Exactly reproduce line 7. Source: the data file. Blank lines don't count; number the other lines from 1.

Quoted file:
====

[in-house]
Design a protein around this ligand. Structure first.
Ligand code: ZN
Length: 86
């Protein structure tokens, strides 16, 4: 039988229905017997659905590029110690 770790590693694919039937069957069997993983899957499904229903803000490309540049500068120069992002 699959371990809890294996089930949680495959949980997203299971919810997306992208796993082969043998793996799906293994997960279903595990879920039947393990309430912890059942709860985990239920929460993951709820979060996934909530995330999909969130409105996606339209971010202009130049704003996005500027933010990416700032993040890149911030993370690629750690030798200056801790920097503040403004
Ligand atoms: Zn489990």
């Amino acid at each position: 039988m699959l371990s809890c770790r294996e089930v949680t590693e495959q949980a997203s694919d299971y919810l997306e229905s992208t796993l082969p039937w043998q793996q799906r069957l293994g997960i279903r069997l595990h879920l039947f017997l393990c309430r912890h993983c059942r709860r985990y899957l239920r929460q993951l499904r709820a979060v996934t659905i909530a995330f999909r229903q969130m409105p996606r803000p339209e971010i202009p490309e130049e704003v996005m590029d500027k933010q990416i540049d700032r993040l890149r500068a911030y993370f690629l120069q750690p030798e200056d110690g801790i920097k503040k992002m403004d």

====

């Amino acid at each position: 039988m699959l371990s809890c770790r294996e089930v949680t590693e495959q949980a997203s694919d299971y919810l997306e229905s992208t796993l082969p039937w043998q793996q799906r069957l293994g997960i279903r069997l595990h879920l039947f017997l393990c309430r912890h993983c059942r709860r985990y899957l239920r929460q993951l499904r709820a979060v996934t659905i909530a995330f999909r229903q969130m409105p996606r803000p339209e971010i202009p490309e130049e704003v996005m590029d500027k933010q990416i540049d700032r993040l890149r500068a911030y993370f690629l120069q750690p030798e200056d110690g801790i920097k503040k992002m403004d």